CHESAPEAKE ACADEMY SUMMER CAMPS Ages 7-14 (8:30 -5:00)
MYSTERY TOUR: June 26-30 and July 24-28  cost: $375
This camp is so popular that we offer two sessions a summer!  Each week of the Mystery Tour has completely new destinations and activities. Adventure and mystery are at the heart of this unique camp, which combines creative exploration with an exciting daily road trip. Journey with friends to five different destinations throughout the week. All activities and park entrance fees are included.

NORTHERN NECK EXPLORERS: ARTS EDITION: July 3-7  cost: $275 (includes art materials)
Find adventure and creativity throughout the natural wonders of the Northern Neck! Campers enjoy daily trips to seek out interesting vistas and inspiring locations as they build and create their own art pieces.  Visits with local artists are sure to spark campers' imagination!  In addition, campers participate in the July 4 Irvington town parade.

MIDDLE SCHOOL SPORTS CLINICS: July 31 - August 4  cost:  $150 each clinic
The Sports Clinics are designed to focus middle school athletes on improving their skills in lacrosse, volleyball, and soccer. Working with high school and middle school coaches, athletes will hone strategy, teamwork, communication, and fundamentals in each of the intense and fun 2 ½ day clinics.  Beginners and experienced players welcomed!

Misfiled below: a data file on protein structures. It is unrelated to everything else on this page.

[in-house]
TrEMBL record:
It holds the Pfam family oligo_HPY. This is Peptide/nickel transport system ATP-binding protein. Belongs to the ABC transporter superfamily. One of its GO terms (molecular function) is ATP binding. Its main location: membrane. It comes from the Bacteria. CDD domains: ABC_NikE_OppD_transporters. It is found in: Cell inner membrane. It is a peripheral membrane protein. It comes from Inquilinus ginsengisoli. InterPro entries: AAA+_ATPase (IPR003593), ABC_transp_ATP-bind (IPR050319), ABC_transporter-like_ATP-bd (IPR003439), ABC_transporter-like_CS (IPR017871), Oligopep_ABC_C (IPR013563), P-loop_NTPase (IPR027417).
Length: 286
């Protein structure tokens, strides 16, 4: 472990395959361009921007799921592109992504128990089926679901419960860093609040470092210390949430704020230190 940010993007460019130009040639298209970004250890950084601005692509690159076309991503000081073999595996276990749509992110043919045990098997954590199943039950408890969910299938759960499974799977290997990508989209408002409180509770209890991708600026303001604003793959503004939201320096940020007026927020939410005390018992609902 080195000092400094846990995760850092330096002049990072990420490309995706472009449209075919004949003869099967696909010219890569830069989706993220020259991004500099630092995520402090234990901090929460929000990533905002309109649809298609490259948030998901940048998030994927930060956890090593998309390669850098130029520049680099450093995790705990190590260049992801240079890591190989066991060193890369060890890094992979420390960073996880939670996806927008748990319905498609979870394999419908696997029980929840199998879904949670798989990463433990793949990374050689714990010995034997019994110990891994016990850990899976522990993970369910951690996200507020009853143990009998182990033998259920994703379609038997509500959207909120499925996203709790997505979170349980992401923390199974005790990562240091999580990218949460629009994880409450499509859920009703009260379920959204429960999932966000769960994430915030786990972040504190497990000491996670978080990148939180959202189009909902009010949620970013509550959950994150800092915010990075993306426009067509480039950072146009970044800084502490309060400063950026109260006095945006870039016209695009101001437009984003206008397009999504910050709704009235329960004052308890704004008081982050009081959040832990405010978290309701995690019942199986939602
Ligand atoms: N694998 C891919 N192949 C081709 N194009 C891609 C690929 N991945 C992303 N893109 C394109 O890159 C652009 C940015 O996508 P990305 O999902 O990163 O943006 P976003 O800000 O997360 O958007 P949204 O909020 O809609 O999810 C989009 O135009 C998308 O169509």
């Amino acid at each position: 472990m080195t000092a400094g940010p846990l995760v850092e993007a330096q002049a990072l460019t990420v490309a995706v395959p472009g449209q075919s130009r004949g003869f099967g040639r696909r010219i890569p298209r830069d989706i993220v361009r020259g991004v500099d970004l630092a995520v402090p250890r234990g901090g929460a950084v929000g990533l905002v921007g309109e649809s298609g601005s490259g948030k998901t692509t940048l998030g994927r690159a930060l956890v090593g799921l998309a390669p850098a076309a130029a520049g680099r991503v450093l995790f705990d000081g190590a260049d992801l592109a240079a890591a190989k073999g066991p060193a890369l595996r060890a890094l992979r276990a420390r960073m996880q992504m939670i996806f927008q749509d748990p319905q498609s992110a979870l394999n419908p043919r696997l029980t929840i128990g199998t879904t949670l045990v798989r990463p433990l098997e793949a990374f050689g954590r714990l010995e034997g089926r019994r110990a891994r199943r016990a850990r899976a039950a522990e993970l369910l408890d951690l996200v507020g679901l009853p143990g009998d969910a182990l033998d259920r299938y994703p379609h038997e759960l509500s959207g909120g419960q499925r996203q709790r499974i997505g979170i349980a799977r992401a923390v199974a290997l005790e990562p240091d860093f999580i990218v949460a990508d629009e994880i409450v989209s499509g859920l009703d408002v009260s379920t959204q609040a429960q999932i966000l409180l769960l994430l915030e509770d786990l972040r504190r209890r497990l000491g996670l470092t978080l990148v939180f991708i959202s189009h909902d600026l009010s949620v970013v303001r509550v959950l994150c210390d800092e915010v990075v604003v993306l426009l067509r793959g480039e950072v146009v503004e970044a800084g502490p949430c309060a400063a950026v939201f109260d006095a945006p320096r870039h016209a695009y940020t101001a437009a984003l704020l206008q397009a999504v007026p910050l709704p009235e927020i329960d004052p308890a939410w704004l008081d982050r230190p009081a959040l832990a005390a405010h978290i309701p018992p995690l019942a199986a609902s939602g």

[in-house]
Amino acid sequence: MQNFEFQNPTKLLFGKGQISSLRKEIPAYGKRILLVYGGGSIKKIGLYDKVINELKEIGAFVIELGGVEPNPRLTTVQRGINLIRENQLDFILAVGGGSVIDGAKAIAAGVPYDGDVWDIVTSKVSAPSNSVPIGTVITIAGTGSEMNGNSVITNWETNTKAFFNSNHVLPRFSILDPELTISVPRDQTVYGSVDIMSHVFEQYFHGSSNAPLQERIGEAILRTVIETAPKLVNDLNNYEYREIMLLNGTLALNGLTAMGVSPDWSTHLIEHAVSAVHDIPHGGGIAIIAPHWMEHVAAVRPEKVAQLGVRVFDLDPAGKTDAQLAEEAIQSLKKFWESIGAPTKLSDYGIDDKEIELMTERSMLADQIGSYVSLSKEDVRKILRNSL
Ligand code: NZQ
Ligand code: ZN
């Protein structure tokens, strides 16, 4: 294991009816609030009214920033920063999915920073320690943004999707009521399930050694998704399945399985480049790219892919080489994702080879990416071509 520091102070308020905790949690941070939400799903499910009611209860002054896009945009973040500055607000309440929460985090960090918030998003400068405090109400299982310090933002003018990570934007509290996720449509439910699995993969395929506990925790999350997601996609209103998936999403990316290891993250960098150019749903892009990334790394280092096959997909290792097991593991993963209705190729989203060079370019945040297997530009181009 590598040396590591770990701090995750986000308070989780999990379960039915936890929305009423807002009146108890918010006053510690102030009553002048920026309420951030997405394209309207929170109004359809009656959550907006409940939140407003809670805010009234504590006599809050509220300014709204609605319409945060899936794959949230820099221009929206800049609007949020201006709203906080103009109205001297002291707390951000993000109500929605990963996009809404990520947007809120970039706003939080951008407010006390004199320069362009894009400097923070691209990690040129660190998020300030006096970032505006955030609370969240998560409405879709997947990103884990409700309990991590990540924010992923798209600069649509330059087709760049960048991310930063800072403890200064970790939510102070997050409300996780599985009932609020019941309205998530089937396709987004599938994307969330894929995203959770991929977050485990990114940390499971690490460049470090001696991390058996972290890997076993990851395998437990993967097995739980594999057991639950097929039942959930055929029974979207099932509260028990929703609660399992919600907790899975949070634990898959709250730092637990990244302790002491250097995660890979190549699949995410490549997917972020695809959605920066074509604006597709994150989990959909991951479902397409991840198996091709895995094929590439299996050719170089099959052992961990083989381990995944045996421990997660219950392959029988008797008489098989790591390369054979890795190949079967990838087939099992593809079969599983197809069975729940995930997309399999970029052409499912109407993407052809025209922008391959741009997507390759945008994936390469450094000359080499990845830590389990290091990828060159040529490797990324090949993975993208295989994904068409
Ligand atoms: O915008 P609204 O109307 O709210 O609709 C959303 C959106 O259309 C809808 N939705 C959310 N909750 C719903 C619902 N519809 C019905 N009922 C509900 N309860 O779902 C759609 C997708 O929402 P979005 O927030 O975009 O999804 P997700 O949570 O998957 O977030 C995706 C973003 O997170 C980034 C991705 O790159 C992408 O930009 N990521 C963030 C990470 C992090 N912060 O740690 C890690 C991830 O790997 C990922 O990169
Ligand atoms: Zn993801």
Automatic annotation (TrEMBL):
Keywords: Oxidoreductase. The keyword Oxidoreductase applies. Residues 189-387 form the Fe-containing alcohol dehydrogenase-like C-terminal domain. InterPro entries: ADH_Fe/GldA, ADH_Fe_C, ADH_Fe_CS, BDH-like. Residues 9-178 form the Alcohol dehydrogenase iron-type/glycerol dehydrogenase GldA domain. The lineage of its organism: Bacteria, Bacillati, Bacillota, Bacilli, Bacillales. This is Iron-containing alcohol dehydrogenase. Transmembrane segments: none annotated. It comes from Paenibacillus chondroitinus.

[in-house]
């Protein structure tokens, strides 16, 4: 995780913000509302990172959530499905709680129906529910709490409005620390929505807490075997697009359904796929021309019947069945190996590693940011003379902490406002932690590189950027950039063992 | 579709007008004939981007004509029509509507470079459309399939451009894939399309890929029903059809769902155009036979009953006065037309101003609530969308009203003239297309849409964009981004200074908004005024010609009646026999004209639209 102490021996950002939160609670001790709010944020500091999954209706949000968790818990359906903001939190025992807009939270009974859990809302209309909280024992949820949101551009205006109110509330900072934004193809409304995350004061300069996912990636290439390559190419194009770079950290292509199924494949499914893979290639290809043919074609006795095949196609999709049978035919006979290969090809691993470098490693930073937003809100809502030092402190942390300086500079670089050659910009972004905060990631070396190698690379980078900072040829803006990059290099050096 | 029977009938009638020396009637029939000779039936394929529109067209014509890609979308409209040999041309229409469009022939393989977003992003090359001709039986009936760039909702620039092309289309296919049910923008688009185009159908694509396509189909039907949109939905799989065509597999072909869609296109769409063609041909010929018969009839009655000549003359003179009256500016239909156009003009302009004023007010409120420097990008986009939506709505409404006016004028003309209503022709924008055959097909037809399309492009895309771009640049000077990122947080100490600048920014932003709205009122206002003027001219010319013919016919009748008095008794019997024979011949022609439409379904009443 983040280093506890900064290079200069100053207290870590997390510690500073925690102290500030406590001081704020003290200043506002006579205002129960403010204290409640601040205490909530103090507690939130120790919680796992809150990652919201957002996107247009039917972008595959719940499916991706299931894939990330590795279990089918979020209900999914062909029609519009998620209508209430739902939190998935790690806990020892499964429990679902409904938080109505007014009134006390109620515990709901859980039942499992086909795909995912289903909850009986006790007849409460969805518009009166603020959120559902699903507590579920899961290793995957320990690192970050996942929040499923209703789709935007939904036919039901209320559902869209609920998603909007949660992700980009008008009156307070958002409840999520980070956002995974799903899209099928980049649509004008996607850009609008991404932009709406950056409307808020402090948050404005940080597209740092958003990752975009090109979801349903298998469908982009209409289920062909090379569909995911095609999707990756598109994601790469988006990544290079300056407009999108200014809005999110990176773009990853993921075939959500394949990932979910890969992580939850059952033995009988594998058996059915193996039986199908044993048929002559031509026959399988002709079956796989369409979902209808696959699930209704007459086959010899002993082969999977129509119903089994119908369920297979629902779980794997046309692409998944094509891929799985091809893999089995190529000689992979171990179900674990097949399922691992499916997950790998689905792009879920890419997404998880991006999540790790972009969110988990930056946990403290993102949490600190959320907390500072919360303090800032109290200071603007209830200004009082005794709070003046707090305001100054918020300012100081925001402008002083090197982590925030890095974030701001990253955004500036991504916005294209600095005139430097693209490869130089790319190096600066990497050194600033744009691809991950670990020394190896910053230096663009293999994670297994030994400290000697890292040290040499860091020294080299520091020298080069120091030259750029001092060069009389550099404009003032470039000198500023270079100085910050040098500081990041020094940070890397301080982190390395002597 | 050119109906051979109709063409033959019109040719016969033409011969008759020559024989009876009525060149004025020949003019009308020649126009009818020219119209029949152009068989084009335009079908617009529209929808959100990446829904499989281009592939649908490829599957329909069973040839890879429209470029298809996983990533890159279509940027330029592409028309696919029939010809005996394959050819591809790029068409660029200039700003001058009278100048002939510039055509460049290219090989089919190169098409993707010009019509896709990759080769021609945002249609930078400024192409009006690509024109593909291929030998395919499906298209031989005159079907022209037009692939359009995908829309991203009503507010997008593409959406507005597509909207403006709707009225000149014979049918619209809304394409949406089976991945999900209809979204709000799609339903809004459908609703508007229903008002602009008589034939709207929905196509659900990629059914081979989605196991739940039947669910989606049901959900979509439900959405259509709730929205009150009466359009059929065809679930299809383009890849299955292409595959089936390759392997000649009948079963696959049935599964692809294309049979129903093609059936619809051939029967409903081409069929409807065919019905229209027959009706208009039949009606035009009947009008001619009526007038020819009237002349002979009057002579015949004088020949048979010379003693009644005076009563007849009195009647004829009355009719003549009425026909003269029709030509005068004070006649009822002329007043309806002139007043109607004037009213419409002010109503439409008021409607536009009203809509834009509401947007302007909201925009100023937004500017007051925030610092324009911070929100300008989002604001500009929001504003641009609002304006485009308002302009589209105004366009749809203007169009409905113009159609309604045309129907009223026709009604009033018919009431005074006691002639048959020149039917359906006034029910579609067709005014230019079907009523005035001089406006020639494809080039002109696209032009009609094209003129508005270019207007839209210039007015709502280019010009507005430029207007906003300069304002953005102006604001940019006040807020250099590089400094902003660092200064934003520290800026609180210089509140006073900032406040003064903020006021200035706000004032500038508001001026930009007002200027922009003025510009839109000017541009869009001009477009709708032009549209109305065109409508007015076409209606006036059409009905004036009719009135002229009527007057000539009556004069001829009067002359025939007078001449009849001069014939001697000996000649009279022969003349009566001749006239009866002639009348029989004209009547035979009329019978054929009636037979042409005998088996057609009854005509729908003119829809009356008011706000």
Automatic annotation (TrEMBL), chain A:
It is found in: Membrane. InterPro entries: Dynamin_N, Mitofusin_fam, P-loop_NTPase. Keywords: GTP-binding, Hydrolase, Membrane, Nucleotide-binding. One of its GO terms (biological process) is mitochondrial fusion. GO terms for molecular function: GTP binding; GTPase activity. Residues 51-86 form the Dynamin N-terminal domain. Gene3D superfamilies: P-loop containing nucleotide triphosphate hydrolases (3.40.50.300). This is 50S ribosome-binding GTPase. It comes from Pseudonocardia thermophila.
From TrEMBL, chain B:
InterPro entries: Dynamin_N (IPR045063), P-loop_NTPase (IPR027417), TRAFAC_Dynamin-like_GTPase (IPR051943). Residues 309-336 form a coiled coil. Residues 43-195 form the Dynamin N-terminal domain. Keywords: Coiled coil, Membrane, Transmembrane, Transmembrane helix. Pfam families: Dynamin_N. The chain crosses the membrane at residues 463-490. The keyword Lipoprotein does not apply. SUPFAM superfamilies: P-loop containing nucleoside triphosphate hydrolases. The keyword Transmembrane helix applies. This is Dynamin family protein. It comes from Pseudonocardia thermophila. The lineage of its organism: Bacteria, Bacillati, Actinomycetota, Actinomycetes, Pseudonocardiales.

Coed Lacrosse OR Girls' Volleyball: July 31, August 1, August 2 (am only)
Coed Soccer:  August 2 (pm only), August 3, August 4

FARM TO TABLE: July 10-14 cost: $250
This is far more than a cooking camp! Campers travel to local farms, oyster companies, and visit with fishermen and other food source locations to see first-hand where our food comes from. In between picking berries and catching crabs, campers will learn how to prepare delicious meals with local foods with the advice of local chefs.  An exciting and delicious week is guaranteed!

SPORTS: July 17-21 cost: $250
Love to compete? Campers enjoy action-filled days of sports and sports related activities that emphasize the fun-damentals. This recreational program emphasizes sport specific fundamentals, fitness, teamwork, sportsmanship, and strategy. Campers acquire skills through daily practice and gain confidence in their abilities as they discover their individual potential. Sports include soccer, lacrosse, volleyball, basketball, and more. 

NORTHERN NECK EXPLORERS: July 31-August 4  cost: $250